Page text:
Monday, May 2, 2011

The answer to the American labor "Disaster" is not a floor under inadequate incomes


Re: Economics Principals

Here we go again. David Warsh -- a commentator whose breadth of understanding normally dazzles me -- quoting this as a good summary of what to do about so called "inequality": “The only things that can possibly address inequality of a magnitude that will soon be judged to be unacceptable in this country are much higher levels of taxation on the well-to-do and a negative income tax for the poor.”

If, first, our progressive elite understood that it is not about wan "inequality" but more like what the Palestinians call the "Disaster", they would understand that what American workers need is not a guaranteed floor under inadequate incomes but the median wage to double over time whenever average income doubles, not grow only 25%, for the minimum wage not to drop in half (by early 2007) over the same doubling per capita span.

We, American workers, would like to earn $25/hr on the average with a $15/hr minimum wage in the poorest parts of the country (the latter with all of 2% direct inflation*). We American (Chicago) cab drivers do not want the mile rate on our meters to get one (1!) 30 cent increase over the course of 16 years (81-97) period, at which mid point the city began adding 40% more cabs while cutting the business nearly in half with subways to both airports, unlimited limos and (the coup de grace) free trolleys between all the hot spots downtown (fine transportation progress, but what's with 40% more cabs?!).

What American workers need is the power to protect themselves in the market place -- and in the legislature. Of course nobody in America from cab drivers to dazzling progressives has any idea anything is so fundamentally out of whack.

I caught the answer to the Disaster (A.K.A., Great Wage Depression) -- assuming anybody in apparently brain isolated America knows there is a question -- the first time I saw it; wondered why I never thought of it myself, so obvious from the purely theoretical point: legally mandated, sector-wide labor agreements. The one and only answer to the race to the bottom. Canada has a lite version right next door: is Canada like the South Pole?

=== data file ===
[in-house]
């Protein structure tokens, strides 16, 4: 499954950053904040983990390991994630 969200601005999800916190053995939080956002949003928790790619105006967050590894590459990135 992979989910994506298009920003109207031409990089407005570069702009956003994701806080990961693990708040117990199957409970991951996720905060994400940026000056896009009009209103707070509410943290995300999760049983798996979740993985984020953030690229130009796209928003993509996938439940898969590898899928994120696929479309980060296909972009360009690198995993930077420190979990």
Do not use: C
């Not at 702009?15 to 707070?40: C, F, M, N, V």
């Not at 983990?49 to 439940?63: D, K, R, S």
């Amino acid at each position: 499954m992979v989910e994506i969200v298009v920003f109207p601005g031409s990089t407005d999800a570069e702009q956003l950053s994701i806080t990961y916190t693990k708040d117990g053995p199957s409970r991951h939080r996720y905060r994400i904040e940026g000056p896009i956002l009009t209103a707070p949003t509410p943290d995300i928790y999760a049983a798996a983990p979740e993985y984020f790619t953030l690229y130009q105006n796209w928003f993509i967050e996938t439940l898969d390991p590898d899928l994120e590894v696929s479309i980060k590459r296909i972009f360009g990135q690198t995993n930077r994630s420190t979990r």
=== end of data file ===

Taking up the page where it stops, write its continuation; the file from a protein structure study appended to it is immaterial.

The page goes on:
See these two books for how it works so well in Germany, undoubtedly the leading example of a successful capitalist economy:
"Were You Born on the Wrong Continent?: How the European Model Can Help You Get a Life" by Thomas Geoghegan.
Union of Parts: Labor Politics in Postwar Germany (Cornell Studies in Political Economy) by Kathleen Ann Thelen

Reply to myself -- just another insight of a sort, not yet sorted out itself:

The presumably (supposedly?) avant guarde Berkeley economics faculty feels no personal responsibility at all (as far as I know) for the violent goings on at their public schools. If they don't feel any personal responsibility for making Berkeley public schools safe (attended mostly by poor minorities?) -- especially safe -- good learning places we cannot in the least expect them to take serious responsibility for the poor side of town(s) across America.

OTW, if you are from the poor side of town where you live we can expect you to be seriously anxious about what is going bad in Berkeley public schools thousands of miles away.

It's not what you know -- that makes you useful -- it's apparently who you identify with -- that makes you useful -- think LBJ v. Obama. As I would say midbrain outflanks forebrain (no matter how dazzling) again and again.

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